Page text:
With the 2021 campaign in the books and an offseason full of recruiting and transfer portal-ing underway, it’s as good a time as any to look at where each of Nebraska’s position groups sit heading into spring ball.
We’ll be breaking down this series into nine position groups—receivers, tight ends, running backs, offensive line, defensive line, linebackers, defensive backs, specialists and, of course, quarterbacks—and giving them a 1-10 score, with 1 meaning the group isn’t looking too good and 10 meaning it’s in great shape and you, the Husker fan, should be excited.
Next up are the specialists, who will have a full-time special teams coach in Bill Busch, who was hired last week and has a vision for his units. Let’s take a look at who the specialists are losing, returning and adding from the 2022 recruiting class and transfer portal, if any.
Losing: punter William Przystup (transfer), kicker Kelen Meyer (transfer)
Returning (years in the program): punter Daniel Cerni (3rd season)
Incoming: punter Brian Buschini (transfer from Montana), kicker Timmy Bleekrode (transfer from Furman), kicker Spencer Pankratz (transfer from Furman), kicker Charlie Weinrich, longsnapper Brady Weas (transfer from Georgetown)
Walk-ons returning: kicker Chase Contreraz (3rd year), kickoff Brendan Franke (2nd year), kicker Gabe Heins (4th year), kicker Josh Jasek (2nd year), punter Grant Detlefsen (4th year), longsnapper Cameron Pieper (5th year), longsnapper Cade Mueller (5th year), longsnapper Camden Witucki (2nd year)
For the most part, Nebraska’s specialists struggled in 2021 and, at times, made crucial game-changing mistakes that played a role in multiple Nebraska losses. Fans remember Cerni’s mis-directed punt at Michigan State that was returned for a touchdown, which tied the game in the fourth quarter and eventually helped lead to the Huskers’ defeat in overtime. Fans will also remember the season finale against Iowa, where the Hawkeyes scoop-and-scored a blocked punt, which started the rally that ended with an Iowa win in a rivalry game.
In an effort to change things, head coach Scott Frost and his staff went out and got new faces from the transfer portal. The biggest addition may be Buschini, who was the FCS Punter of the Year last season at Montana.
“The coaching staff and the coaches, and how much they cared for me as a person and my wife, and what our life would be there—that’s what really set me over the edge,” Buschini said of his decision to transfer to Nebraska. “We were able to see a clear vision for that at the University of Nebraska, so that was really special to be a part of.”
Buschini averaged 46 yards per punt in 2021 with the Griz, which tied for third-best in the FCS. The specialist had 28 punts that went for more than 50 yards and also pinned 30 of his 69 punts inside the opponent’s 20-yard line. Przystup averaged 43.39 yards in his 31 attempts, landing six inside the 20 with 10 traveling 50-plus yards. In 16 attempts from Cerni, he averaged 36.88 yards and didn’t have an attempt go 50 yards or land inside the 20.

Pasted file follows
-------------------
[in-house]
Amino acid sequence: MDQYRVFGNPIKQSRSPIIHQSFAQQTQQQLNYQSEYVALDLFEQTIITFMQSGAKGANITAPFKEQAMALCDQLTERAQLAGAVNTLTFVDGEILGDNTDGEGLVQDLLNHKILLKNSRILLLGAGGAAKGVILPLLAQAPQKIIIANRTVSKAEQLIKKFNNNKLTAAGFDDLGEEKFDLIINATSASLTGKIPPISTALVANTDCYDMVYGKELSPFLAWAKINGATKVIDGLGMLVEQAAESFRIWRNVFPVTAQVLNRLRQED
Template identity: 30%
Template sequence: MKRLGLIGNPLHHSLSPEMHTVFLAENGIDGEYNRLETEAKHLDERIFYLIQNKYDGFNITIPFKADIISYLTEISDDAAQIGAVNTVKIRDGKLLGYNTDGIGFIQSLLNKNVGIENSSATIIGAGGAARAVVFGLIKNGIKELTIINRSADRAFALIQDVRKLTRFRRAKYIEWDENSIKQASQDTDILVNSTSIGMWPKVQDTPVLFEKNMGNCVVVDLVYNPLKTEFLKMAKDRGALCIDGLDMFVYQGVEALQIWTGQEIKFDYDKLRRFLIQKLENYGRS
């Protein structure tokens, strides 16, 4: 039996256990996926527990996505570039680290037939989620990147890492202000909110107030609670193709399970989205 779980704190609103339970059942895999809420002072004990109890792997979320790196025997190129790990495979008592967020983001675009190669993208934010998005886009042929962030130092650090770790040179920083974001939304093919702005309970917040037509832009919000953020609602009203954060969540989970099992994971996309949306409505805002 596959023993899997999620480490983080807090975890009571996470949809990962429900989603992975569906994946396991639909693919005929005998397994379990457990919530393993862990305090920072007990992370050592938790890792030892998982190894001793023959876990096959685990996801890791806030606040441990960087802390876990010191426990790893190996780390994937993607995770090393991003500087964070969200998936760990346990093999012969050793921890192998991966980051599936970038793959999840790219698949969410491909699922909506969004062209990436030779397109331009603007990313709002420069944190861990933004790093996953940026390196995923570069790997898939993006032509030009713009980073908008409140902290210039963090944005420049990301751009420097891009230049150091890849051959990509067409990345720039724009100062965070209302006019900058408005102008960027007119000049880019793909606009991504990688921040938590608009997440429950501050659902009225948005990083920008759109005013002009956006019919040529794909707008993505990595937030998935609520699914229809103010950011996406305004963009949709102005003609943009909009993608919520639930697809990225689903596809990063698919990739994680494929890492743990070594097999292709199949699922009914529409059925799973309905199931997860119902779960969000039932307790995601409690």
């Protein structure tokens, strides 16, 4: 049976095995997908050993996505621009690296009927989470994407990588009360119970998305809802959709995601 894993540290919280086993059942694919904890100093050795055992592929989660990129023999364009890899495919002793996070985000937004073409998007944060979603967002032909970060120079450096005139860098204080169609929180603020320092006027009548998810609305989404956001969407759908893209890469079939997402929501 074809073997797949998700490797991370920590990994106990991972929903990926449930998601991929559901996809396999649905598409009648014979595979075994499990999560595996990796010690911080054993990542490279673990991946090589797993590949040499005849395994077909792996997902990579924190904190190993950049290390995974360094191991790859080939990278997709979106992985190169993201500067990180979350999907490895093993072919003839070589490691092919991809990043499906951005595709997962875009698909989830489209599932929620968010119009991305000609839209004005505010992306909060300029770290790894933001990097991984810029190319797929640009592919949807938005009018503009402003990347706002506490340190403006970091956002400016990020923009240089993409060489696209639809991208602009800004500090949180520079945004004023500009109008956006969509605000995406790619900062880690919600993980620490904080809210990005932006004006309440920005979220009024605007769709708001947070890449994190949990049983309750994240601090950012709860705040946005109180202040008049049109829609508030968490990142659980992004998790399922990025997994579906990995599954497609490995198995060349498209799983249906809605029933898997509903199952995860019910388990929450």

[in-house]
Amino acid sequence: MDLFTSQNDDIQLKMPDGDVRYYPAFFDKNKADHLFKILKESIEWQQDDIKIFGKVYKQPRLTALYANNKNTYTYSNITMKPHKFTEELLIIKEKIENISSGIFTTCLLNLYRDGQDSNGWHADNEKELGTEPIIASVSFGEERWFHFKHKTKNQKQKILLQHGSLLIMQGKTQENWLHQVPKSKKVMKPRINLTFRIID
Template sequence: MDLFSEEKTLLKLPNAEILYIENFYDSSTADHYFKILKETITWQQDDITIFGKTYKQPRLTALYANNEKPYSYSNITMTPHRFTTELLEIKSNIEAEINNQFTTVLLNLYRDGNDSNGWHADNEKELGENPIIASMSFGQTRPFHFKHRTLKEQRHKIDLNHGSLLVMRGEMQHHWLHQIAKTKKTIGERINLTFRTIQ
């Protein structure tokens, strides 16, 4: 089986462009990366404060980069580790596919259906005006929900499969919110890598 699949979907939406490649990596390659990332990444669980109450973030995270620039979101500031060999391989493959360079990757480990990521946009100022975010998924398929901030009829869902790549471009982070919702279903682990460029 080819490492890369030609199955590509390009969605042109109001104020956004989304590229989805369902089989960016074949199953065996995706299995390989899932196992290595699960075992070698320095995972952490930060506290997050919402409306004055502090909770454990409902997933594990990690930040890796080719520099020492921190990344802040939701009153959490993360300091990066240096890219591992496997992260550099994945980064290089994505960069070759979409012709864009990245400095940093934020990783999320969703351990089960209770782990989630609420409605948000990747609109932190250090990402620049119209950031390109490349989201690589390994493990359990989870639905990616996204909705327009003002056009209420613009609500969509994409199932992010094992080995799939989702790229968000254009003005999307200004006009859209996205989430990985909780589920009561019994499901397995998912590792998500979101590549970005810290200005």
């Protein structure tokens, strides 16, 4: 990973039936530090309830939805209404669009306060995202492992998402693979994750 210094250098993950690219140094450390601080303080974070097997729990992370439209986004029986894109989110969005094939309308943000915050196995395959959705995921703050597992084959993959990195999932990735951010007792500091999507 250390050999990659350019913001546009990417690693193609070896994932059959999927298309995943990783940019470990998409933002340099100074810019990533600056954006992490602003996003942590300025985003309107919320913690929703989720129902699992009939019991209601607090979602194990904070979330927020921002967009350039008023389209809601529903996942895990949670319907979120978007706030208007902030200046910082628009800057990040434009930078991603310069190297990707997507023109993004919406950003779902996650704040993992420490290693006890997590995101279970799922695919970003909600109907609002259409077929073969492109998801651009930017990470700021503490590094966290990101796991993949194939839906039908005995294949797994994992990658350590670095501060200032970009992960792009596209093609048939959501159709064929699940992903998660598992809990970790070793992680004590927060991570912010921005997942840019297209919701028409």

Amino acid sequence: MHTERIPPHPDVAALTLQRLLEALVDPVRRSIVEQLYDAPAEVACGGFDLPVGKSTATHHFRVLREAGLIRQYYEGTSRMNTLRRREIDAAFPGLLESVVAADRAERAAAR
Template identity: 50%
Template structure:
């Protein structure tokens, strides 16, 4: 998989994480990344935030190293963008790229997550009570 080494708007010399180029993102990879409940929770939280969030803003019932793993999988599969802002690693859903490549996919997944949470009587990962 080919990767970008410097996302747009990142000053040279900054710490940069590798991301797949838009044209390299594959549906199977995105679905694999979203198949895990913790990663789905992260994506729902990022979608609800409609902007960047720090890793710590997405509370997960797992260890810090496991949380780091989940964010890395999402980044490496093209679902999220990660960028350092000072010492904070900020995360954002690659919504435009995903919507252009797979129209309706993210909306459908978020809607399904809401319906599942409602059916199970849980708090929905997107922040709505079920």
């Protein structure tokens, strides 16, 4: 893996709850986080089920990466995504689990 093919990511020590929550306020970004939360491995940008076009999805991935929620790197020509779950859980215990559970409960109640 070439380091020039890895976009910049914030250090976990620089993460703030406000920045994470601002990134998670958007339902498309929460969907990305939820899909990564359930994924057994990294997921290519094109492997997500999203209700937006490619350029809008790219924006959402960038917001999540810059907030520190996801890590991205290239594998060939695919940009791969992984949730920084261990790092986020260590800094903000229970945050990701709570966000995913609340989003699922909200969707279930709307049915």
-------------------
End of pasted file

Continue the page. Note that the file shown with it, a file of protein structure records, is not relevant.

On the field-goal front, the Huskers made just 50% (8-of-16) of their tries and were only 3-of-9 on attempts between 30-49 yards. The now-departed Culp went 6-of-12 while Contreraz was 2-of-4. At Furman, Bleekrode was 15-of-18 on field-goal tries with a long of 51 yards. He punted for the Paladins, too, and averaged 42.15 yards on 52 punts with 13 landing inside the opponent’s 20.
The program also has added two walk-on kickers to the mix. Bleekrode’s teammate, Pankratz, transferred to Nebraska, too. The Huskers also brought in Weinrich, a highly-touted Kansas City-area prep kicker.
If there was a bright spot for Nebraska’s special teams, it was Franke. In his first season in Lincoln, the former Morningside University transfer and Gretna High School graduate blasted 38 of his 62 kickoffs (that’s 61%) for touchbacks. That was a welcomed sight considering how the 2020 season went when the Huskers relied on Culp, a field goal kicker, to handle the kickoff duties. Only 30% of Culp’s kickoffs went for touchbacks.
After how last season went, Nebraska’s specialists room needed a complete overhaul. The good news is the Huskers went out and got new faces who have had success elsewhere in an effort to turn things around. The bad news is fans won’t quite know if these new additions—especially Buschini and Bleekrode—will pan out until they show it on Saturdays.
It’s always hard to tell with kickers. They’re not quarterbacks or receivers or linebackers. They just kick, and it’s a unique skillset to have. There’s still quite a bit of unknown in Nebraska’s specialist room, even though the additions look promising. For that reason, the Husker specialists get a score of 5/10.